Soviet War Memorial in Berlin Treptower Park
Berlin's modern history is closely linked to that of communism. In the city, this heritage is still visible and the three Soviet memorials built in Berlin occupy a special place. These are the best places to gain a better understanding of Berlin's complex past and history. The first memorial is in Treptower Park, the second in Schönholzder Heide and the third in Tiergarten Park.
History, architecture and meaning of the Russian Memorial in Treptower Park
The Treptower Park Soviet Memorial is the most impressive of the three soviet memorials in Berlin because of its remarkable dimensions, characteristic of Soviet totalitarian art. Built in 1949, it is a reminder of the Soviet soldiers who died in action during the Second World War. In fact, the Treptower Park Memorial is also a military cemetery, home to the graves of about 4600 Russian soldiers.
The architecture of the site was designed by the state architect Iakov Bielopolski and the sculptor Yevgeny Vuchetich. The marble used for the site comes from the former chancery built by Hitler and destroyed at the end of the war. The symbolic importance of the site has made it a compulsory place of passage (imposed by the Soviet government) for all Western tourist excursions allowed in East Berlin.
On the front door of the memorial is a statue of the motherland crying for her children, behind two red flags guarded by two soldiers. Then there is an alley with sixteen tombs, representing the 16 Soviet nations of the USSR. At the end of the alley is the statue of the Liberator Soldier, which commemorates the victory of the Soviet peoples over Nazism. In the base of the statue is the cemetery mausoleum, decorated with mosaic figurations, a process characteristic of Soviet art that is very often found in Russia.
The statue of the Soldier-Liberator and the cemetery have often been the source of many controversies, mainly because of the swastika trodden by the Liberator Soldier's feet but also because of the many quotes from Stalin engraved in the cemetery. This grandiose staging of the Soviet victory over Nazi Germany was considered inappropriate in the light of an already wounded and rebuilding German people.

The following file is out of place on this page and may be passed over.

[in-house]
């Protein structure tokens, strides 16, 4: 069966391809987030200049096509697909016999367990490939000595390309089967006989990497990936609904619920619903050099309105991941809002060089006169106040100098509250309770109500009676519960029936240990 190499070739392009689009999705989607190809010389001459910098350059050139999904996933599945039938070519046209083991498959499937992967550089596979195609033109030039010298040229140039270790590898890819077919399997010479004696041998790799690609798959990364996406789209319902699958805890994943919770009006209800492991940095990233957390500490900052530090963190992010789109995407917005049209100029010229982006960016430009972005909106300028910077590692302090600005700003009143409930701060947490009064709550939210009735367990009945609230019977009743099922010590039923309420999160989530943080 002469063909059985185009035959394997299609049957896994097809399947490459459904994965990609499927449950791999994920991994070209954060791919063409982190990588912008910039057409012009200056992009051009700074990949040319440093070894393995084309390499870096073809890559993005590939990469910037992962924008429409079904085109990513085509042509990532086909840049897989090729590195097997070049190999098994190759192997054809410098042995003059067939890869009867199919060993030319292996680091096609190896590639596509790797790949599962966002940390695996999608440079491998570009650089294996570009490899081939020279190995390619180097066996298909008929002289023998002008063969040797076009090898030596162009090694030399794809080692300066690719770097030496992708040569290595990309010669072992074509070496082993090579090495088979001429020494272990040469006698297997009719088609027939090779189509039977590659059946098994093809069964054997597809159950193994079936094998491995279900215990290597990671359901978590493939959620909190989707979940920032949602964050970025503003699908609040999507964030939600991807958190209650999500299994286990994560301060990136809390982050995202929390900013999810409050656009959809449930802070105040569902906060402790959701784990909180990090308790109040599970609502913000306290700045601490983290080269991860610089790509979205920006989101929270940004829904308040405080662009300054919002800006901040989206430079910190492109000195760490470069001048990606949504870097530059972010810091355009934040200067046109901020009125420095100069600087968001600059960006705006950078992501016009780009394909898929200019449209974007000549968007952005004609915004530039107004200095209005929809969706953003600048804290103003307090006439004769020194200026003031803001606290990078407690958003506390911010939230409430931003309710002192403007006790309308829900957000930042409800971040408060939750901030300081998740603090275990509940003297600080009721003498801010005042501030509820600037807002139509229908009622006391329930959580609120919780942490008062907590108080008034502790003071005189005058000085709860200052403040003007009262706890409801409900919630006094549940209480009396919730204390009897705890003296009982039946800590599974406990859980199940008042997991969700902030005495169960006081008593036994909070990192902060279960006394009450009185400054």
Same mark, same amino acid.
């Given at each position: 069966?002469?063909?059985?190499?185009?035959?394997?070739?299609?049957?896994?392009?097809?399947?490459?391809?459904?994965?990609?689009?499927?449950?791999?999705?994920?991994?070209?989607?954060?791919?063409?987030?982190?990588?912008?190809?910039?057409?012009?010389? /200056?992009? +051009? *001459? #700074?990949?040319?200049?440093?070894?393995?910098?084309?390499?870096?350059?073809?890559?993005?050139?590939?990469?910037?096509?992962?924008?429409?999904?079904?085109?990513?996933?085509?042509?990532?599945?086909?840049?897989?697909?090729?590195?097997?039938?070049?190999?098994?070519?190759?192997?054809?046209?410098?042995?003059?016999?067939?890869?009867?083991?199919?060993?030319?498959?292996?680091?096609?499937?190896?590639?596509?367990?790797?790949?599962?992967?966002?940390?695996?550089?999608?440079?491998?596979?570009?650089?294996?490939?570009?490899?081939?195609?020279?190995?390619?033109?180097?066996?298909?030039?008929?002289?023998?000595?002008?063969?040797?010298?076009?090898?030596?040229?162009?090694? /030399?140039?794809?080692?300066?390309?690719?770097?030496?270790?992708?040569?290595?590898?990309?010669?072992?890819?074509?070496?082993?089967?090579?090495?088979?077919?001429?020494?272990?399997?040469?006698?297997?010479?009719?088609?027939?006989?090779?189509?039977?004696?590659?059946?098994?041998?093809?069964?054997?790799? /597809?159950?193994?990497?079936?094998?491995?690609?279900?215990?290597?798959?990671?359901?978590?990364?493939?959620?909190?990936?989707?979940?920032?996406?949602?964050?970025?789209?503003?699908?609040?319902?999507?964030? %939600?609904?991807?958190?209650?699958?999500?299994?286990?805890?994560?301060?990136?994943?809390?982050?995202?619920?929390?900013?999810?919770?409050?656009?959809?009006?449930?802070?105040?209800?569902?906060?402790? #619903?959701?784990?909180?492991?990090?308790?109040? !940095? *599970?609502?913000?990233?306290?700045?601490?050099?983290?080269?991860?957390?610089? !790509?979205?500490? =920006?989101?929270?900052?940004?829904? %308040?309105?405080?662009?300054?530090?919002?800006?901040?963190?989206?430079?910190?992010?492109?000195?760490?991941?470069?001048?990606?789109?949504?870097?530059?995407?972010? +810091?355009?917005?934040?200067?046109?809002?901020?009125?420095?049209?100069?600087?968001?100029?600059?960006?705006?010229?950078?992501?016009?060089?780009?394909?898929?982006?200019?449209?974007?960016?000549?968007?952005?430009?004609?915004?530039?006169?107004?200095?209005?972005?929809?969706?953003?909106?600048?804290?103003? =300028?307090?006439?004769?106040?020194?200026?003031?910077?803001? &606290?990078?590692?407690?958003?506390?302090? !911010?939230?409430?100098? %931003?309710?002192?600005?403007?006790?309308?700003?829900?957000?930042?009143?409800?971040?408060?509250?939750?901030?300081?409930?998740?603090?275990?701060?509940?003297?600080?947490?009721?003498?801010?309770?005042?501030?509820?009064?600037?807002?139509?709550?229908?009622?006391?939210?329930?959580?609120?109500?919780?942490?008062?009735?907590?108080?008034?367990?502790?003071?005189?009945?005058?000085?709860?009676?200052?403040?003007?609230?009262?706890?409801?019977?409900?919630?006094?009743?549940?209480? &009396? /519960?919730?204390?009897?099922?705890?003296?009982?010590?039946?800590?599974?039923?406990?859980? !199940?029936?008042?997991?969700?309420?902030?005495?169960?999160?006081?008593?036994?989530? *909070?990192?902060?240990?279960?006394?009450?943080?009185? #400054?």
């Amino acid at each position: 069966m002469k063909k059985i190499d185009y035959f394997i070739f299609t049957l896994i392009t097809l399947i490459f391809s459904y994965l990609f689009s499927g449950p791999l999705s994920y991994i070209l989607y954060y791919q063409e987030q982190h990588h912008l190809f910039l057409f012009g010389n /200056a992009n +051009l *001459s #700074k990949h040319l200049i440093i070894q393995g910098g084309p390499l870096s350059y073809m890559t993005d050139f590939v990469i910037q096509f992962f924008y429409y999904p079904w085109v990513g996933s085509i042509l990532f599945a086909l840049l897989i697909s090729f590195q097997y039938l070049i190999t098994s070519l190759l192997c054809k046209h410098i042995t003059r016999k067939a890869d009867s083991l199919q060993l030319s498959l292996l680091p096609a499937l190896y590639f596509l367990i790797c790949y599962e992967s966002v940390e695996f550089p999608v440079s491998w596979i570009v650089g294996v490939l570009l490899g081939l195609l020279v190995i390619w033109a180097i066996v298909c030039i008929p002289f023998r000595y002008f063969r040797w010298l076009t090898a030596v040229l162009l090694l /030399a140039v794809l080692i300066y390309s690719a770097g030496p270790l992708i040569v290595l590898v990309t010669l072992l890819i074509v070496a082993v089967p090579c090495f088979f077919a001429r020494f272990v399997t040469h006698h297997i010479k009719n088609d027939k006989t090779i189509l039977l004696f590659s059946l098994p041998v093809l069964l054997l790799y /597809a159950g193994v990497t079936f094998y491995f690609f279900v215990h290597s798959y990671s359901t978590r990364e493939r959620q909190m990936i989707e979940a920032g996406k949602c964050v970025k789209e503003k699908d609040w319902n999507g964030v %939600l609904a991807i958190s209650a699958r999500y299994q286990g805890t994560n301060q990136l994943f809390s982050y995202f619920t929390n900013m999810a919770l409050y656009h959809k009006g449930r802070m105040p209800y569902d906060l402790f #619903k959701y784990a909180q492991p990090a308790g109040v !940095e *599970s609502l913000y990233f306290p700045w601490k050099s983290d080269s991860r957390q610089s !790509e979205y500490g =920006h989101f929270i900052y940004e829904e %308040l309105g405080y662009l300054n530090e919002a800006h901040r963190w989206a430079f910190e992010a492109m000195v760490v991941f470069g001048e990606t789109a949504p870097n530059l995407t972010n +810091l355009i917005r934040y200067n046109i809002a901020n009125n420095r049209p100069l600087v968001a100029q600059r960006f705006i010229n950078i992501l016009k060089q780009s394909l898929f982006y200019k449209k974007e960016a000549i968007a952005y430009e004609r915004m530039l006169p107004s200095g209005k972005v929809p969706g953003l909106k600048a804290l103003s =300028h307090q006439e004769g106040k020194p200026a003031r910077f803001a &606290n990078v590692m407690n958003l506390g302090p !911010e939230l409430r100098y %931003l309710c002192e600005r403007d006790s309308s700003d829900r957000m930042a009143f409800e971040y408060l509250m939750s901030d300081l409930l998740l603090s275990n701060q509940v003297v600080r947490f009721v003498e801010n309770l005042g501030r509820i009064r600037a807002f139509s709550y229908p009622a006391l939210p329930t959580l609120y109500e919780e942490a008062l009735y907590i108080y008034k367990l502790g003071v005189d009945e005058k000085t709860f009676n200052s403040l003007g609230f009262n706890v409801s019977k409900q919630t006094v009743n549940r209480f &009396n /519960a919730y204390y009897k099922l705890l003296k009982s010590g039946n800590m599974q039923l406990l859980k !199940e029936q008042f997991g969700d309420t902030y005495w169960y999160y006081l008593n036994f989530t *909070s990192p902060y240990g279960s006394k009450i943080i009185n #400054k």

"For two decades the Red Army protected the peaceful reconstruction work of the Soviet people. But in June 1941 Hitler's Germany attacked our country word-breakingly, violating the Non-Aggression Pact in a brutal and wicked manner, and the Red Army was forced to go out into the field to defend its homeland."
Even today, the soviet war memorial in Treptower Park is the preferred place for German Russians to meet on the national holiday of 9 May (Victory Day Day against National Socialism on 9 May, Russia's national holiday on 12 June)
The statue of the Soldier-Liberator
The statue of the Liberator Soldier, a gigantic 30 metre high statue built by Yevgeny Vuchetich, is the third piece in a triptych of monumental works erected in tribute to the effort made by the Soviet people during the Second World War.
The first statue of the triptych "The Rear Front" is in Magnitogorsk, a city famous for its foundries and armaments factories. It represents a worker trusting the sword he forged to a soldier.
The second of the triptych, "The Call of the Motherland", is located in Stalingrad and represents a female allegory of the USSR carrying the sword, haranguing the city to defend itself against the invader. The sculpture pays tribute to Stalingrad's heroic resistance to the Germans, this victory being considered one of the major strategic turning points of the Second World War.
The Soldier-Liberator of the Treptower park is therefore the last statue of the triptych and represents the final victory of the USSR over Nazi Germany. The Soldier-Liberator trampling at his feet the Nazi cross he broke with his sword.
The symbolism of the triptych, through the sword passing from hand to hand, makes it possible to highlight the three social components of sovietism, the worker, the people and the soldier, united during the great patriotic war.
Tryptic by Yevgeny Vuchetich; from left to right: The rear front (Magnitogorsk, Russia), The call of the Motherland (Volgograd, formerly Stalingrad), Le The Soldier-Liberator (Berlin, Treptower Park) - (Wikimedia Commons)
Tourists and passers-by should not be surprised to see 1941-1945 inscribed on the monuments. Indeed, the USSR only declared war on the Third Reich in 1941 following the end of the German-Soviet non-aggression pact, which allowed German forces to concentrate their forces on the western front.
Why is it worth going there
The Treptower Park Memorial is the most impressive of the three Soviet memorials in Berlin. Its size, its gigantic statue and its location in the middle of Treptower Park make it a unique and memorable place.
Map, Address and how to get there
Map of the Soviet War Memorial in Treptower Park in Berlin
The Russian memorial is located in the Berlin Treptow-Köpenick district, 15 minutes walk from the S-Bahn Treptower Park station on the Ringbahn. The address is: Puschkinallee, 12435 Berlin, Germany.
The memorial is open every day, 24 hours a day.
To get there by metro
Take the Ringbahn S41 or S42 or the S-Bahn S3, S7, S8 or S9 and exit at Treptower Park subway station. The Soviet monument is 10-15 minutes walk from the park.
To get there by bus
Take bus 165 or 265 and get off at the Herkomerstr. stop and walk 5 to 10 minutes.
Passionate about art history, I like to share my discoveries about the unusual places of Berlin.
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